|Supplier of collectors
|Akotec Produktionsgesellschaft, Germany
|Temperature of supplied solar heat
|Enertracting supported by the University of Kassel, both Germany
|Owner and operator of solar collector field
|Ontras Gastransport, Germany
|Estimated annual yield of solar collector field
|Specific annual yield
|Total investment costs of solar plant including installation, land property, compensatory measures, fulfillment of official requirements, integration into the existing system
|Around EUR 3.5 million
|Level of subsidy
|45 % of the investment costs from Energy Efficiency in Industry funding scheme
Key figures for the 1.5 MW solar heat plant in Kienbaum, Eastern Germany. The system is operated without a storage tank because the solar heat is continuously used to preheat the gas. Source: Ontras / Akotec
Solar heat was well-represented during the first HeatExpo in Germany
The heating transition in Germany needs new platforms. The fair in Dortmund in central Germany has created a new trade fair format under the title HeatExpo: a B2B platform for representatives of municipal utilities and energy suppliers. Solar thermal energy was well represented at the three-day event.
Akotec Produktionsgesellschaft was among the exhibitors sharing a booth with the German chiller manufacturer Fahrenheit, whose sorption chillers can also be driven be solar heat.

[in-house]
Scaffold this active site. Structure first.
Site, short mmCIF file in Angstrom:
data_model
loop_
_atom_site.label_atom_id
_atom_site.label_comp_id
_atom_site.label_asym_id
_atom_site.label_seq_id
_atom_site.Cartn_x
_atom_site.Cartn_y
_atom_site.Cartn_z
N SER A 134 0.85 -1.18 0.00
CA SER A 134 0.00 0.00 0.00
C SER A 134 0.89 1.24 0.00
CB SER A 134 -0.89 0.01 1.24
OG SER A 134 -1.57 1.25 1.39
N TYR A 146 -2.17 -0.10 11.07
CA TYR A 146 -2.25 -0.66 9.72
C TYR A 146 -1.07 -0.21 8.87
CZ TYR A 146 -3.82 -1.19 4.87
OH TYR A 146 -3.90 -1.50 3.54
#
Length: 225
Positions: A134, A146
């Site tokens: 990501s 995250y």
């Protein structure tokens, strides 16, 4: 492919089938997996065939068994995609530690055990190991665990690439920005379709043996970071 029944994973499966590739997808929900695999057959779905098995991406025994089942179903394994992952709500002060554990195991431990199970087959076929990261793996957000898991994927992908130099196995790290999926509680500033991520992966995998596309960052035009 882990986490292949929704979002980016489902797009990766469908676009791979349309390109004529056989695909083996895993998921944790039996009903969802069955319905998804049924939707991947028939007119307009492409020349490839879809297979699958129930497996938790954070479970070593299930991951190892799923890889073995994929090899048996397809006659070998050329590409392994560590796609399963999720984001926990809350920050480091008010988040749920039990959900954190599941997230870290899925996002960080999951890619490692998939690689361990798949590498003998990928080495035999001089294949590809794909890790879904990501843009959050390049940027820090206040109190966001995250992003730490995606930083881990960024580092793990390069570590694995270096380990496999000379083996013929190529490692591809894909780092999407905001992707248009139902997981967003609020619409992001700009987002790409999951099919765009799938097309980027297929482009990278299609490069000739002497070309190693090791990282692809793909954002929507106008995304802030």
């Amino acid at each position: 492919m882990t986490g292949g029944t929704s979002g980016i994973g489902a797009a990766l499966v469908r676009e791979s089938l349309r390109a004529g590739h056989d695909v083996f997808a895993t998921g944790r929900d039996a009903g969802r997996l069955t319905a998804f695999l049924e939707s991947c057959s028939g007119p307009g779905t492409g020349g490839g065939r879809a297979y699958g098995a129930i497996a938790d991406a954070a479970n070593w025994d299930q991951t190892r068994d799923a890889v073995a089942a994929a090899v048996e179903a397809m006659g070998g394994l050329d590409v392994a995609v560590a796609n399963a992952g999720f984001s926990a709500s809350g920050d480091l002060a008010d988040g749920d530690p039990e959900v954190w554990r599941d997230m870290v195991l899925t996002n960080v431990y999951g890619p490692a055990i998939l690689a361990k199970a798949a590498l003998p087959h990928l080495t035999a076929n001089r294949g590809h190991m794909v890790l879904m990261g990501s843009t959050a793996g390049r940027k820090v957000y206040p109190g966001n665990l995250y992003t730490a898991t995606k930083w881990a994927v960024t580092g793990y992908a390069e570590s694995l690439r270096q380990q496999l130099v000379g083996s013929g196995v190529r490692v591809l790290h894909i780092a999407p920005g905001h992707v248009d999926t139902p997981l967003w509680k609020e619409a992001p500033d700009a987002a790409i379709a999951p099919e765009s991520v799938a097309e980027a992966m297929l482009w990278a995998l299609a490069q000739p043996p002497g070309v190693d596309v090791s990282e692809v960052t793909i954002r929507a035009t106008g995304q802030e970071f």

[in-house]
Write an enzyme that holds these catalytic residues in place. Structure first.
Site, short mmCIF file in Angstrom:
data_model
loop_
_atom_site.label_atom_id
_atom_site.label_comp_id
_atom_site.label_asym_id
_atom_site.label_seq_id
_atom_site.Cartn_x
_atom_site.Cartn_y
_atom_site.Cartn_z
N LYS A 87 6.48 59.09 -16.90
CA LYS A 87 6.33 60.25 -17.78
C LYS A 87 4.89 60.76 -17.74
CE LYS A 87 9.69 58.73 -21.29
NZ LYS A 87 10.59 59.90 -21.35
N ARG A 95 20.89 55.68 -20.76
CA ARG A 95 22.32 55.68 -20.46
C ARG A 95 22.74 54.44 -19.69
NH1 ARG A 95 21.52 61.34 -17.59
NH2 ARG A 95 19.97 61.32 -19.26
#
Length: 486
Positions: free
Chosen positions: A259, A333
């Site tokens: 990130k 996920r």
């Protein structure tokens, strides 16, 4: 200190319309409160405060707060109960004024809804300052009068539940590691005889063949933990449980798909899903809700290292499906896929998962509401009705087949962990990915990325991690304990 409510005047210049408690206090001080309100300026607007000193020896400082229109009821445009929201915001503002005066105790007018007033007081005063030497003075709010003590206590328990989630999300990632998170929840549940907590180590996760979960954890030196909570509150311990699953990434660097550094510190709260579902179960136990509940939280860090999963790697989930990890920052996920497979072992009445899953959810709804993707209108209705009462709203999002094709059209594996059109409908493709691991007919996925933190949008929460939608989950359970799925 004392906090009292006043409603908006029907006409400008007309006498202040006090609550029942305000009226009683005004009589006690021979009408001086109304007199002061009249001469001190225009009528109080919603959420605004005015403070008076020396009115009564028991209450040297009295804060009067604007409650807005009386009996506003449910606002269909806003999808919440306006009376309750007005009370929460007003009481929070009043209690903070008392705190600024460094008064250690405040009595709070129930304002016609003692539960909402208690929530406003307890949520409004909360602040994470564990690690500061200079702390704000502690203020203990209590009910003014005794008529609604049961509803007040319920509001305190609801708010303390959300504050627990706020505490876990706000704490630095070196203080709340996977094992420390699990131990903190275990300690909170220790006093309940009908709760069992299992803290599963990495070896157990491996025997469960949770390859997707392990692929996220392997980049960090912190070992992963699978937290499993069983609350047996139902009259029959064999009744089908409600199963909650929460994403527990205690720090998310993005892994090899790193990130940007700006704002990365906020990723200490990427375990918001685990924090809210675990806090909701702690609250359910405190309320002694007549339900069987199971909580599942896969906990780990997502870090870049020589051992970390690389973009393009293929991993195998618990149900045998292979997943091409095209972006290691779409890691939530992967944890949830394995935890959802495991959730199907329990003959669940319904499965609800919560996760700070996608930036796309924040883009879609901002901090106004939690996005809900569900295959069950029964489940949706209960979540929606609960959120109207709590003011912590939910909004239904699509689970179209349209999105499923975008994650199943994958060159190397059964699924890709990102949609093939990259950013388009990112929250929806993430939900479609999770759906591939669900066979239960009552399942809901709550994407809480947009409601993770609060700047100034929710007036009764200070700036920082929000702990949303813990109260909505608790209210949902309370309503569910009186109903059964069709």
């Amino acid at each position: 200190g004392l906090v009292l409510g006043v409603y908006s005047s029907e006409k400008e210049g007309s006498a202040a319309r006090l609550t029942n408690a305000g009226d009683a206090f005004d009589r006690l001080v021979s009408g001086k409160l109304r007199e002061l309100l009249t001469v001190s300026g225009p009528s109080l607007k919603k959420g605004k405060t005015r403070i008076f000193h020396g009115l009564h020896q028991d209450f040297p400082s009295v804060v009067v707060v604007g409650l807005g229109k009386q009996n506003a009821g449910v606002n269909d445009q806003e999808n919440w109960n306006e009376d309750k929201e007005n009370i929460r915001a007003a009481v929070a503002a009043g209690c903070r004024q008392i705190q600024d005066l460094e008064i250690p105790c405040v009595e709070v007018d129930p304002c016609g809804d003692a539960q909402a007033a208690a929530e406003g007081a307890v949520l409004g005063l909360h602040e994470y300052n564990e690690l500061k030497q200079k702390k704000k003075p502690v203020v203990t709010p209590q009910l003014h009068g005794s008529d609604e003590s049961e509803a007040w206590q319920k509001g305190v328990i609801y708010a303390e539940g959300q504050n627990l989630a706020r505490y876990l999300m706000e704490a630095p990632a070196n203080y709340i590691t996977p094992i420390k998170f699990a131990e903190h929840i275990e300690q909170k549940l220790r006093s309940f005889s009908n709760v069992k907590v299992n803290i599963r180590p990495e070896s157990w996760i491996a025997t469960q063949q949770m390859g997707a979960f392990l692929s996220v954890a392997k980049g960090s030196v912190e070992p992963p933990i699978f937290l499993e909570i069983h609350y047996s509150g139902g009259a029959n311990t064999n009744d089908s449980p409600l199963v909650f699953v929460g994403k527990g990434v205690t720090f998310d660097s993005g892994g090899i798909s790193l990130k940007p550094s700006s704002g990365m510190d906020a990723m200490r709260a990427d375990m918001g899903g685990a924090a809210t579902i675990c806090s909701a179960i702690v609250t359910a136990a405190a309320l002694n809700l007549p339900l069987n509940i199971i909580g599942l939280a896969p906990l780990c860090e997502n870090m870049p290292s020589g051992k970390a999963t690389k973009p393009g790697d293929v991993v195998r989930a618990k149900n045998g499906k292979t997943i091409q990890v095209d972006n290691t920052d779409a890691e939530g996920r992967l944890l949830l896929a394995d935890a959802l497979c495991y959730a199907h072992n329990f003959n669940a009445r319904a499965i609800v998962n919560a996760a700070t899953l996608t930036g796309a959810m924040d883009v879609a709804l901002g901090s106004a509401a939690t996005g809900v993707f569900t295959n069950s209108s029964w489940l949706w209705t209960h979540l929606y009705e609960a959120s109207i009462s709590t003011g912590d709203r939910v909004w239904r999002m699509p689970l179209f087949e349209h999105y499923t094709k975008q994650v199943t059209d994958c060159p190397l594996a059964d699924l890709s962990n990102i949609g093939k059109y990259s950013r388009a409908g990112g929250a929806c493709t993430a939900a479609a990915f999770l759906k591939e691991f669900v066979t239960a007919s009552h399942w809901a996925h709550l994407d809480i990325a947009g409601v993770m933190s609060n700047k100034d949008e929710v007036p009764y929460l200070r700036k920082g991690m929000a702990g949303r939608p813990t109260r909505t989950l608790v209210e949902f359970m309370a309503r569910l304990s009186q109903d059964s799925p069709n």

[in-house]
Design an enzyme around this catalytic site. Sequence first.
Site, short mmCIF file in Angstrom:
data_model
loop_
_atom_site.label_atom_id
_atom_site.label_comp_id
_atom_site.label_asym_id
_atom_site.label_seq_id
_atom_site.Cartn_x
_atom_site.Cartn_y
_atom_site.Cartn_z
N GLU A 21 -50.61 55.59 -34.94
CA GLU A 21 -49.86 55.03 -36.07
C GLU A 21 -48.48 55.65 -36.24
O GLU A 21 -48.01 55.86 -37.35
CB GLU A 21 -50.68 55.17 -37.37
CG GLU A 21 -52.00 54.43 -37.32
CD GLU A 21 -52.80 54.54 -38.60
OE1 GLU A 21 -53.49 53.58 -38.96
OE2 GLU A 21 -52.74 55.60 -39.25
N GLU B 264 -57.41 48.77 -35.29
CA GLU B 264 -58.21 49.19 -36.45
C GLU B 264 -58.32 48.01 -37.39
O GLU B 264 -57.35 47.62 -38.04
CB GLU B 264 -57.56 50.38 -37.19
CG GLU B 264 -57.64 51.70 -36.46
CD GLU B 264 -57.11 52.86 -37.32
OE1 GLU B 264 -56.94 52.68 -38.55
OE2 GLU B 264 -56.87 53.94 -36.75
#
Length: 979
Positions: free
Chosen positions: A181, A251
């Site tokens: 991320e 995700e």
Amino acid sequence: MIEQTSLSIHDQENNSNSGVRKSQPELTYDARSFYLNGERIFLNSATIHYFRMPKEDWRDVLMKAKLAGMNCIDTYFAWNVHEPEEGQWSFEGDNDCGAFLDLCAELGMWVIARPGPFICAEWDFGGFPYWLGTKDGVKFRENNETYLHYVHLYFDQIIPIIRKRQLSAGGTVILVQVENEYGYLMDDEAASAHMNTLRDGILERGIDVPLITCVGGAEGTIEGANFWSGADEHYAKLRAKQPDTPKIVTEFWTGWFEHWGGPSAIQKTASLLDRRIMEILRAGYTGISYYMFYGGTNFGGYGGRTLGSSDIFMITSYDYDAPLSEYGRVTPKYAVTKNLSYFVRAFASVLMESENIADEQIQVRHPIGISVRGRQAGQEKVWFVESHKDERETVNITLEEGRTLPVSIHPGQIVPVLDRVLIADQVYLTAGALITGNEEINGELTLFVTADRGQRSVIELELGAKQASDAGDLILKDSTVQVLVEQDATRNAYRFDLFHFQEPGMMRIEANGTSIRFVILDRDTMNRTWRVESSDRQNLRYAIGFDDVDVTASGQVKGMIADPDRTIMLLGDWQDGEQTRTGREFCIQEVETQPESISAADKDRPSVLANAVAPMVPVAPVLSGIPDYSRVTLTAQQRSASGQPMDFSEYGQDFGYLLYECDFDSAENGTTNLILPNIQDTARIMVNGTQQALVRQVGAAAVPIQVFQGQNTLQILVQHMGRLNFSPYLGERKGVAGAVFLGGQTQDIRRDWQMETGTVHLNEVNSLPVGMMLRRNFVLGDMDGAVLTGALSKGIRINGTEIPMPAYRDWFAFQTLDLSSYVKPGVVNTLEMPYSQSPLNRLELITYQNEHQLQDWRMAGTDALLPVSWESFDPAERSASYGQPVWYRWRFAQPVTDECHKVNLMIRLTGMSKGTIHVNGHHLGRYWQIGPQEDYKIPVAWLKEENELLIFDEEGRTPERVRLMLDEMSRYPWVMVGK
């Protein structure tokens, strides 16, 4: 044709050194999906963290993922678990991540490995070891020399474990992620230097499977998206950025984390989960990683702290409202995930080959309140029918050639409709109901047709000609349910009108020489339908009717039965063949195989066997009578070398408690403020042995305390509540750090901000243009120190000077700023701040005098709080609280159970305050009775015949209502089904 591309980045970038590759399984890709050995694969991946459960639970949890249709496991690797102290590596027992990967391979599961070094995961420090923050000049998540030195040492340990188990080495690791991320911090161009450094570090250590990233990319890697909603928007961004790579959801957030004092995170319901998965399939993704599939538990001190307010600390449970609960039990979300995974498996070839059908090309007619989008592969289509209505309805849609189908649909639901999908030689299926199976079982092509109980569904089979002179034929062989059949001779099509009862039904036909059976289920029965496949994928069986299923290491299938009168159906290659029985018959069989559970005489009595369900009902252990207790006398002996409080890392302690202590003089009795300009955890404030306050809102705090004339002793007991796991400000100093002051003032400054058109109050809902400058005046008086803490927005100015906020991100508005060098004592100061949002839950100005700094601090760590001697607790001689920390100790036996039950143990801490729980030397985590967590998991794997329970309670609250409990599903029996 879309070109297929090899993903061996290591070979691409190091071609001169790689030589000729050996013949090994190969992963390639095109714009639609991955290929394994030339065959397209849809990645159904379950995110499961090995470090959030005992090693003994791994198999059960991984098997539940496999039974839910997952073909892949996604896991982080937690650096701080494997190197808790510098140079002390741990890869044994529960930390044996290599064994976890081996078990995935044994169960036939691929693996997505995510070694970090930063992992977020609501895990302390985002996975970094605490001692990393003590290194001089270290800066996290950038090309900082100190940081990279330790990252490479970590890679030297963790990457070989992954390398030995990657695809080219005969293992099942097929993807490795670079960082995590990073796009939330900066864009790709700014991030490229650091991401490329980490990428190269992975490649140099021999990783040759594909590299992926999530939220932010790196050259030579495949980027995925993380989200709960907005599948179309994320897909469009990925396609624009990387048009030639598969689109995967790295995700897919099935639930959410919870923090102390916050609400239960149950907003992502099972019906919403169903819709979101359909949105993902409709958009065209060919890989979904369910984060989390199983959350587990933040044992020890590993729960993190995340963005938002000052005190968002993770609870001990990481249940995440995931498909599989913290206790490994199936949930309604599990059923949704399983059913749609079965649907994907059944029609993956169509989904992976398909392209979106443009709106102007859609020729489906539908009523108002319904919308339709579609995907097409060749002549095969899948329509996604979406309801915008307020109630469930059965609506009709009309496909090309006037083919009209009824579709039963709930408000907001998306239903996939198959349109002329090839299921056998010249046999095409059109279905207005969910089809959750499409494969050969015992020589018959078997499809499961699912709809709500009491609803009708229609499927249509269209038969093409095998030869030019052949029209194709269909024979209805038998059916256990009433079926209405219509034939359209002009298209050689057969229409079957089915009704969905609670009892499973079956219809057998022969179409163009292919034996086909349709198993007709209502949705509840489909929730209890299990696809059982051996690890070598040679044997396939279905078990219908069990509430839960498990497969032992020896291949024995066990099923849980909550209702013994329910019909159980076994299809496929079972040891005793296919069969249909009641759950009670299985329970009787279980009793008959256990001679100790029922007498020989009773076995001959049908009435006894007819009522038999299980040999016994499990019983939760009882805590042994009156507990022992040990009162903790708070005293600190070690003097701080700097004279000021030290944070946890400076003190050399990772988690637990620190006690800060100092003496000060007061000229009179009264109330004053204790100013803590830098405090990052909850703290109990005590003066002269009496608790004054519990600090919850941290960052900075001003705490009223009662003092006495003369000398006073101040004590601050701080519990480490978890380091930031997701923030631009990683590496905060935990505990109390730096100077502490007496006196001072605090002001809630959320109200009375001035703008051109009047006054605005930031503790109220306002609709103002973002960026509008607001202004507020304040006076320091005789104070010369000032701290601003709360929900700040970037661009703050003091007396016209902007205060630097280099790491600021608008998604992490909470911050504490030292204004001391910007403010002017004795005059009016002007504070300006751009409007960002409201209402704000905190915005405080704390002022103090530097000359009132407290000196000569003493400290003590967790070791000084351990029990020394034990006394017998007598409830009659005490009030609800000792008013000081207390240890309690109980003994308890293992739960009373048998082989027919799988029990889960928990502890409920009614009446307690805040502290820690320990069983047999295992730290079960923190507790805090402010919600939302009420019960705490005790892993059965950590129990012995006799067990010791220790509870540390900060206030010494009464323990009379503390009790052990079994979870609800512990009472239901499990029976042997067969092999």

Aalborg CSP introduced its new cover concept for multi-functional storage tanks (see photo), which was used among others in Høje Tåstrup near Copenhagen. From below, the insulation is separated from the water layer by diffusion-open geomembranes. At the top, the rainwater is additionally channelled via a stone layer to a depression, where pumps are located that drain the rain water away from the storage cover. Senior Vice President Jes Donneborg confirmed that Aalborg CSP is currently participating in planning around 10 seasonal storage facilities in Germany alone and almost the same number outside Germany. Not all of these have solar thermal systems as the primary heat source, but will be used for storing waste heat or power to heat often via heat pumps.
EAG Energieanlagen Greifswald presented its transfer station (balance of plant) for what is currently Germany’s largest solar district heating plant in Greifswald. The company has tendered for the balance of plant for the even larger 45.5 MW SDH plant in Leipzig, Germany. The process is still ongoing. Managing Director Michael Lüdeke said that HeatExpo exceeded his expectations: “We were able to acquire new customers thanks to the extremely knowledgeable audience,” he was quoted as saying by the fair organizers in their press release.
Jes Donneborg, Executive Vice President of Aalborg CSP, with its new cover concept for pit heat seasonal storage tanks during the HeatExpo in Dortmund, Germany Photo: solrico
Organizations mentioned in this news article:
Ontras Gastransport: https://www.ontras.com/de
University of Kassel: https://www.uni-kassel.de/uni/en/
Aalborg CSP: https://www.aalborgcsp.de/
EAG Energieanlagen Greifswald: https://www.eag-mv.de/